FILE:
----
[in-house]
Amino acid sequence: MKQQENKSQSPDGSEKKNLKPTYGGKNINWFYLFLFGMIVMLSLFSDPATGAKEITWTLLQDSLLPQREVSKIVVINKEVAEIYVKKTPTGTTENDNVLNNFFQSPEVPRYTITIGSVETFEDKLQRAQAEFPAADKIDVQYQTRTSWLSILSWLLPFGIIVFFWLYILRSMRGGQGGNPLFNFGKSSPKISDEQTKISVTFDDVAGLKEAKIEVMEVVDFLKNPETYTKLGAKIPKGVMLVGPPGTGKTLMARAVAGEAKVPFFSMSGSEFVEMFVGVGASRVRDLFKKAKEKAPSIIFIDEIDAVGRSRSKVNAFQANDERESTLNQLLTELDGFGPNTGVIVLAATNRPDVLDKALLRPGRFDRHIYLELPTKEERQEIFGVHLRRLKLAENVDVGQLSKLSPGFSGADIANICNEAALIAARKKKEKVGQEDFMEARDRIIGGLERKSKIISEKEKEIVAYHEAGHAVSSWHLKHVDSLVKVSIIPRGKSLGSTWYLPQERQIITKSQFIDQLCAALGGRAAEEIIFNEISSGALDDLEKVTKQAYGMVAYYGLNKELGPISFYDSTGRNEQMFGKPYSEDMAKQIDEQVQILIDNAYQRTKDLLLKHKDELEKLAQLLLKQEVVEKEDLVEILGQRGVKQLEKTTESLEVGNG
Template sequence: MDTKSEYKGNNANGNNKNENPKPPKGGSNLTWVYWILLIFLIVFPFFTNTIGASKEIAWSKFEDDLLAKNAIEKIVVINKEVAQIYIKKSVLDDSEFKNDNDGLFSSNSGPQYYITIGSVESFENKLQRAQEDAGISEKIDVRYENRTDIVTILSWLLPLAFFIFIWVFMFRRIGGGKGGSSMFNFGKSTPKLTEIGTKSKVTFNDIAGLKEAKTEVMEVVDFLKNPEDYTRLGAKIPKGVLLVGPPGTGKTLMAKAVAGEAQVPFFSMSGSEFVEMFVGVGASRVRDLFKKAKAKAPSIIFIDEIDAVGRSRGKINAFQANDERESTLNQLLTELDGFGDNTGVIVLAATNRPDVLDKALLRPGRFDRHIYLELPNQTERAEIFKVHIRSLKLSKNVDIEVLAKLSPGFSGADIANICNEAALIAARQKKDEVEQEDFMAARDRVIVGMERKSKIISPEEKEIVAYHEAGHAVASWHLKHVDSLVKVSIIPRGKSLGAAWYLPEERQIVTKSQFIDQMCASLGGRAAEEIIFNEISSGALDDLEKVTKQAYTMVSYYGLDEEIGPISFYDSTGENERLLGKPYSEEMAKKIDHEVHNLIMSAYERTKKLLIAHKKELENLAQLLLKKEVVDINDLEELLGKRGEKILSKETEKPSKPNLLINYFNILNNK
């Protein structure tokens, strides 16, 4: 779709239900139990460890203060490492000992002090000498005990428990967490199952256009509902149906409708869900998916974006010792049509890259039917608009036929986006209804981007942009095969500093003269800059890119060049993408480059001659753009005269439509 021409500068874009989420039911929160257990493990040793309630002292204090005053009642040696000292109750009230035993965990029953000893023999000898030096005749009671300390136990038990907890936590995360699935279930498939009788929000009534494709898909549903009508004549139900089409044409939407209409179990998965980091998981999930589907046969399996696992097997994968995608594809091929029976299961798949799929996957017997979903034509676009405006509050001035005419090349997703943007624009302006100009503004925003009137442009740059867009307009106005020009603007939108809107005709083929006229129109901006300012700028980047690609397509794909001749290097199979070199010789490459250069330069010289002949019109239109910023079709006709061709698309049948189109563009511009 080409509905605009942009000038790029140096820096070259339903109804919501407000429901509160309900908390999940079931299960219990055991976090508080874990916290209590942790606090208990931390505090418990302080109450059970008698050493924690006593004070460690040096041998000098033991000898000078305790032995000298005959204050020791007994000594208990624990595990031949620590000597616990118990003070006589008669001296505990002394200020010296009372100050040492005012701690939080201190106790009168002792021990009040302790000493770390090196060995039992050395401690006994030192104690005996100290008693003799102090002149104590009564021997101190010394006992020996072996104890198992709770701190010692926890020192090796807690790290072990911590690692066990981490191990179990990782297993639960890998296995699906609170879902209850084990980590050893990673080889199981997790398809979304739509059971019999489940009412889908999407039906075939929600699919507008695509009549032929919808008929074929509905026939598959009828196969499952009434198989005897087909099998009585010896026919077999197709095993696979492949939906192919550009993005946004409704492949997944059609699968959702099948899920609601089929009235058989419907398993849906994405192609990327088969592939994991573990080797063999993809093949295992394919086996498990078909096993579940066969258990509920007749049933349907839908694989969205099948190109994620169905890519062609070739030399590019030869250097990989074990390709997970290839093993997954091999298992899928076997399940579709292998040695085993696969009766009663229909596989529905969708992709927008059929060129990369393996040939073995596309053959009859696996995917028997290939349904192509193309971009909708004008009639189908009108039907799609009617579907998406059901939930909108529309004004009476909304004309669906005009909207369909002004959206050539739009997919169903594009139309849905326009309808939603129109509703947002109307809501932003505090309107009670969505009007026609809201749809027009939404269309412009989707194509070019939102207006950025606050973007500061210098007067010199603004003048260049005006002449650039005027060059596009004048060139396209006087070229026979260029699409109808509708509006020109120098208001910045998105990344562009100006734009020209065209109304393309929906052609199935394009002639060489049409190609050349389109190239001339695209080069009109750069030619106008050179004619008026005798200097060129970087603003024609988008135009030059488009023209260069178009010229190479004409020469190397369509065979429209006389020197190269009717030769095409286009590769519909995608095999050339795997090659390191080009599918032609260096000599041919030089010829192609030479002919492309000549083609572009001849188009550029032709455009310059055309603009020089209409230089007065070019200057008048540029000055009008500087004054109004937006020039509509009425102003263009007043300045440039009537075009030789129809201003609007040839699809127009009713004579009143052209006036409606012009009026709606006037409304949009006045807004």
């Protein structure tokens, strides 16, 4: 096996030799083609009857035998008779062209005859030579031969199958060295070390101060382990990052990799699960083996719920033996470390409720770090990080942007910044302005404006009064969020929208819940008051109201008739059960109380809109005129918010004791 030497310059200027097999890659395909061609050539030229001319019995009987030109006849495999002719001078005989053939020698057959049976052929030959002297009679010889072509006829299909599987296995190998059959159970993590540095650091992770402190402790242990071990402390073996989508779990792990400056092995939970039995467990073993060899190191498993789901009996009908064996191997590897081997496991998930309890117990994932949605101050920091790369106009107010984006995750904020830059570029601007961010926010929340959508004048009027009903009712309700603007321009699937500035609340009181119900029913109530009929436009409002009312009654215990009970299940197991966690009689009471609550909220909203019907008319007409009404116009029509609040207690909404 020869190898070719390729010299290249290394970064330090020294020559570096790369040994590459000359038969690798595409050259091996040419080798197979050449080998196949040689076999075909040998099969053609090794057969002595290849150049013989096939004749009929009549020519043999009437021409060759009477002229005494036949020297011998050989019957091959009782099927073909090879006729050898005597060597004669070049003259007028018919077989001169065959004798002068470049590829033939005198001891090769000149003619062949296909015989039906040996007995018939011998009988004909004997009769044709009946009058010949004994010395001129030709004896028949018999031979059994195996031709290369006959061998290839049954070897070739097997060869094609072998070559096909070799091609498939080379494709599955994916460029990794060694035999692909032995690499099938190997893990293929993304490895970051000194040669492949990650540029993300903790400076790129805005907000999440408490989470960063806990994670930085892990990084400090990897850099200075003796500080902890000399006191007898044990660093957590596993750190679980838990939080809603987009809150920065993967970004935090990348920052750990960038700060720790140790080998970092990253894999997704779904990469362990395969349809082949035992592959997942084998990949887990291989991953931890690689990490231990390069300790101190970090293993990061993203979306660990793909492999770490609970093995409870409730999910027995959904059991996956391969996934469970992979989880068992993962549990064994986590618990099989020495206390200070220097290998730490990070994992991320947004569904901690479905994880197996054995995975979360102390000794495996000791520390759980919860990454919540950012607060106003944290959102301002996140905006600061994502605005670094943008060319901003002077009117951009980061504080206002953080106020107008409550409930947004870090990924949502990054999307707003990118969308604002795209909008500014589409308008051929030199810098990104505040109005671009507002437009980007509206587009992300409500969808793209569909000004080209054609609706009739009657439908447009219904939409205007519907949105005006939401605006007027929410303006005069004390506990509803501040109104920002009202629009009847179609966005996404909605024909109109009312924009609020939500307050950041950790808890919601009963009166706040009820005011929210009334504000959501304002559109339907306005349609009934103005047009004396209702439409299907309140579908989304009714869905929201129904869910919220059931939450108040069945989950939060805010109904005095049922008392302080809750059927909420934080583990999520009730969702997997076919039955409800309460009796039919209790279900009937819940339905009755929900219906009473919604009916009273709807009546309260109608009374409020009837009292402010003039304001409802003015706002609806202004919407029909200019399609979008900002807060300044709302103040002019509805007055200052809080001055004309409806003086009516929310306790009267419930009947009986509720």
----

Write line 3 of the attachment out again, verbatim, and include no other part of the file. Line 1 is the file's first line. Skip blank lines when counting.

Template sequence: MDTKSEYKGNNANGNNKNENPKPPKGGSNLTWVYWILLIFLIVFPFFTNTIGASKEIAWSKFEDDLLAKNAIEKIVVINKEVAQIYIKKSVLDDSEFKNDNDGLFSSNSGPQYYITIGSVESFENKLQRAQEDAGISEKIDVRYENRTDIVTILSWLLPLAFFIFIWVFMFRRIGGGKGGSSMFNFGKSTPKLTEIGTKSKVTFNDIAGLKEAKTEVMEVVDFLKNPEDYTRLGAKIPKGVLLVGPPGTGKTLMAKAVAGEAQVPFFSMSGSEFVEMFVGVGASRVRDLFKKAKAKAPSIIFIDEIDAVGRSRGKINAFQANDERESTLNQLLTELDGFGDNTGVIVLAATNRPDVLDKALLRPGRFDRHIYLELPNQTERAEIFKVHIRSLKLSKNVDIEVLAKLSPGFSGADIANICNEAALIAARQKKDEVEQEDFMAARDRVIVGMERKSKIISPEEKEIVAYHEAGHAVASWHLKHVDSLVKVSIIPRGKSLGAAWYLPEERQIVTKSQFIDQMCASLGGRAAEEIIFNEISSGALDDLEKVTKQAYTMVSYYGLDEEIGPISFYDSTGENERLLGKPYSEEMAKKIDHEVHNLIMSAYERTKKLLIAHKKELENLAQLLLKKEVVDINDLEELLGKRGEKILSKETEKPSKPNLLINYFNILNNK